Lessons Learned from Dr. Bronner’s Magic Soapbox


If you’re a flower child of the 70s or a contemporary crunchy, chances are you’re familiar with the 30,000 word label on each bottle of Dr. Bronner’s Magic Peppermint Soap. It’s a marvelous all-natural, multi-purpose liquid soap sold at Whole Foods, Target, Walgreens and health food stores everywhere.

I remember the first time I spied a bottle on the shelf. I must have stared at the label for ten minutes, trying to make sense of it—both as a marketer, and as a literate human being. It read like one, long, nonsensical rant. I really couldn’t tell if it was serious or a joke. But I bought the product anyway, and it has been a staple in my household ever since. So the other day, there I sat in my living room, transfixed by the documentary, “Dr. Bronner’s Magic Soapbox.”
It’s the (true) story of ‘Dr.’ Emanuel Bronner, a German-born Jew and soap maker, whose parents were killed in Nazi death camps. He himself successfully fled from an Elgin, Illinois ‘concentration camp’ (in reality, a mental institution) where he had been committed in 1946, after over-exercising his right to free speech on the University of Chicago campus. I’ll leave it to you to watch the movie which was released in 2007.

However, after fleeing his ‘captors’ in Elgin, he traveled west to California. There he began peddling soap and preaching his very own blend of different world religious beliefs and a global peace plan for “Spaceship Earth,” anchored by his mighty peculiar “Moral ABC’s,” as seen on every soap label.

At first Bronner attracted a unique audience of counterculture advocates. They liked his all-natural soap and were willing to sit and listen to him rant. Groovy. Who would have thought his go-to-market strategy had a sliver of hope for success? Call me crazy, but I learned a few lessons from the good doctor:

  • Stay on Message.

    Dr. Bronner never deviated from his mantra about , “All One!” It’s even on his soap packaging labels. For New Leaf, after conducting our own brand study in 2011, we discovered that we’re in the business of inspiration. So, I (Natalie) do my best to ensure that “inspiration” guides my communication. Do my conversations and my written recommendations seek first to inspire? It’s even written on the wall above my desk as a daily reminder.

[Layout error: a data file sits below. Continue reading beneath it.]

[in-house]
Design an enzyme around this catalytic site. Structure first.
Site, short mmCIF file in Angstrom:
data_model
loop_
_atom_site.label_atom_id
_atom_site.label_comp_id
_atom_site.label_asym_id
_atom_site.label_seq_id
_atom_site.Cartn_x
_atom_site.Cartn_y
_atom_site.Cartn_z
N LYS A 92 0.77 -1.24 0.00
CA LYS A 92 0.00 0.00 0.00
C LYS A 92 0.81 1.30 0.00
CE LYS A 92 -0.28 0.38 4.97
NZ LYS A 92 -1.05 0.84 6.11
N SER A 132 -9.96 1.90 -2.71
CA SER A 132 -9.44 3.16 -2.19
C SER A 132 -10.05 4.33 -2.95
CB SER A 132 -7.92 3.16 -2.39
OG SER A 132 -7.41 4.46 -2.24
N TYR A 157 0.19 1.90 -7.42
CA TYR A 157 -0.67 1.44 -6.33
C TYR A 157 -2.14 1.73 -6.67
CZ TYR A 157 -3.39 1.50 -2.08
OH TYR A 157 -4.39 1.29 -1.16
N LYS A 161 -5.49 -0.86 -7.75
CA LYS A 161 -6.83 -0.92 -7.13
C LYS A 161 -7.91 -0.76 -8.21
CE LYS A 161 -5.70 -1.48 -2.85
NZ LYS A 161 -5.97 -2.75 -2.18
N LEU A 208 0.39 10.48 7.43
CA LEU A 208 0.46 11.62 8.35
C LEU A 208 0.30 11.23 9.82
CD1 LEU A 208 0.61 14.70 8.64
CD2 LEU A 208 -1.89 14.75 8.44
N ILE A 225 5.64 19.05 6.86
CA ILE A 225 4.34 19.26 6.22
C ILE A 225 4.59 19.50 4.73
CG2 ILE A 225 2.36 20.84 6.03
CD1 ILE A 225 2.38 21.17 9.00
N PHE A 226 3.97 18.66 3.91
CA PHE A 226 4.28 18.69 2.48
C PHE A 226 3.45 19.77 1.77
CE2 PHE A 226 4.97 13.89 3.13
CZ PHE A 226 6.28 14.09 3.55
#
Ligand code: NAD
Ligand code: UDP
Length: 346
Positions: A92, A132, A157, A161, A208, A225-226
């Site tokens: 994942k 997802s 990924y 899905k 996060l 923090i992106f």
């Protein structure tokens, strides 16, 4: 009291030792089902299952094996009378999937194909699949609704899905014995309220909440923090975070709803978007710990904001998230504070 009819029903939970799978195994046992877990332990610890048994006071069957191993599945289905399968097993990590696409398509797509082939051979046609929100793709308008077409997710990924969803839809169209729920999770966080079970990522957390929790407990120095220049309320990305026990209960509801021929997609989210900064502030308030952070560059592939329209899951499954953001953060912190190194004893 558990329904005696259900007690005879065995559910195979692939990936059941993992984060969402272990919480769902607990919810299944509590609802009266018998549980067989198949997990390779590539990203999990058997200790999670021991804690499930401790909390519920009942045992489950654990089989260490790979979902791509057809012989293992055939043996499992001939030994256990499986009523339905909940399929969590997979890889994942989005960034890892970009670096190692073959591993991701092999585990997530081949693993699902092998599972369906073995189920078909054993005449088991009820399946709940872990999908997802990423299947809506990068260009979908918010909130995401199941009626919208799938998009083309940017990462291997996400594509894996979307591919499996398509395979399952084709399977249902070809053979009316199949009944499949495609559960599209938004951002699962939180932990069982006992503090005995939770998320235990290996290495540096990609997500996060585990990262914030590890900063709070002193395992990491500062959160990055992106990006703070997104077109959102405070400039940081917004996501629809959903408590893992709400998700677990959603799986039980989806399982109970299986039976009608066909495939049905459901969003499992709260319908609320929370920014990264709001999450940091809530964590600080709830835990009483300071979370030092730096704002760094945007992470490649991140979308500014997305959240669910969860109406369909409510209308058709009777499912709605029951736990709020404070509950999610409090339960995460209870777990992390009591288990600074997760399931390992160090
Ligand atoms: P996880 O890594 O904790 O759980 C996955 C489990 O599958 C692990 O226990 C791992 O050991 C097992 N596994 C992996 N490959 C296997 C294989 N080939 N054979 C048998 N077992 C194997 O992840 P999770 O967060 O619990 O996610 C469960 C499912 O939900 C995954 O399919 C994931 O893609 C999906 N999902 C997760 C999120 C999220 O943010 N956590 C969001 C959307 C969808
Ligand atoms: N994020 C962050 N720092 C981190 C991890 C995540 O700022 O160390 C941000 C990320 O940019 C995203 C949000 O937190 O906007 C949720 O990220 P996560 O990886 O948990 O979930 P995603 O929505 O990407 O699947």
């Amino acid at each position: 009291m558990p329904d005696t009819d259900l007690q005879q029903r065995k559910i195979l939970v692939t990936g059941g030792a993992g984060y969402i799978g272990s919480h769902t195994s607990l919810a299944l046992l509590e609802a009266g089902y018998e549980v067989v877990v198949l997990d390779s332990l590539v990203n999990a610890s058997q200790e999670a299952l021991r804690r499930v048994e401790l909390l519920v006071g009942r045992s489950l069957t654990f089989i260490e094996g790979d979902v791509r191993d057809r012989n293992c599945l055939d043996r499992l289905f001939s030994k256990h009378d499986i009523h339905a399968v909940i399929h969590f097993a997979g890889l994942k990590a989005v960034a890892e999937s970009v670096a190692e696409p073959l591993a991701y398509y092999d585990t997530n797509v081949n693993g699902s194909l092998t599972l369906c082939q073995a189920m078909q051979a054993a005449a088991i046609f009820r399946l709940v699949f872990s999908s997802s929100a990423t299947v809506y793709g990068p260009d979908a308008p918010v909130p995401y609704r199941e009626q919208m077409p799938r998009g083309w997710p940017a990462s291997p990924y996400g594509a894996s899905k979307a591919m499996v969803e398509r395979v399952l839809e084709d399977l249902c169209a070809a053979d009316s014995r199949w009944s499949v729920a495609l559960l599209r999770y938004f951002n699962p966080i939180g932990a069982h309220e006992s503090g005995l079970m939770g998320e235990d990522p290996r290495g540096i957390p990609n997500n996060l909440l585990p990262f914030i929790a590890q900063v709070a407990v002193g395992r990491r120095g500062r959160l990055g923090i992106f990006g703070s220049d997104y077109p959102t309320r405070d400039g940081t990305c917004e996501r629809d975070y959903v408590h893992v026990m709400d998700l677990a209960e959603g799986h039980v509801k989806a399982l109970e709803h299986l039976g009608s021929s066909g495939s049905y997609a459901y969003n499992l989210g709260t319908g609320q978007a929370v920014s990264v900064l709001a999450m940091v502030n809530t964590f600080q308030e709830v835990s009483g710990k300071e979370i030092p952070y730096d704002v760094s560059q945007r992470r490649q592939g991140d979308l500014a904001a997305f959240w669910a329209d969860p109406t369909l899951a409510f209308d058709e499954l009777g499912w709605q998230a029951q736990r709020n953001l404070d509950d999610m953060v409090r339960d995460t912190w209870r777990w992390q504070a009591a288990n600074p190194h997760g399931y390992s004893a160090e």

• Know Your Audience.

    Dr. Bronner’s quirky style and natural soap product appealed to the counterculture of the day—mostly hippies, back in the 60s and 70s. He went out and met them where they were, and transparently shared his beliefs. He was authentic. They loved his off-beat, anti-establishment mantra and became loyal customers. Do you have a one-size-fits-all message, or do you consider your audience first?

  • Don’t be Stingy.

    Part of the movie follows Dr. Bronner’s son, who continued to meet with people in his own style, giving away soap, hope and hugs. Today, social media requires leaders to invest time and talent for free. Technology invites a brand to generate sales by demonstrating value with a free offer, and then provides frequent calls to action (with associated metrics). For example, I just watched 27 FREE webinars (at a rate of four per day) over the course of a week. The ‘catch’ was that the webinars were free for only 24 hours. I always had the option to pay a small sum to watch all of them at my leisure. There were probably 50 different ways the hosts and speakers were generating sales and leads through this ‘free’ offer. What can you give away to grow your business?

  • It’s OK to Be a Little Crazy!*#!

    And maybe that just means it’s OK to poke a little fun at ourselves in an effort to be human and approachable. I chose the title “Chief Leaf” for just that reason. People see it. We laugh. And then we get to work on that inspiration stuff.

Last year (2014) Dr. Bronner’s brand gave away more than $6 million to various social advocacy causes on behalf of Spaceship Earth. Yes, I guess it IS ok to be a little crazy! https://www.drbronner.com/

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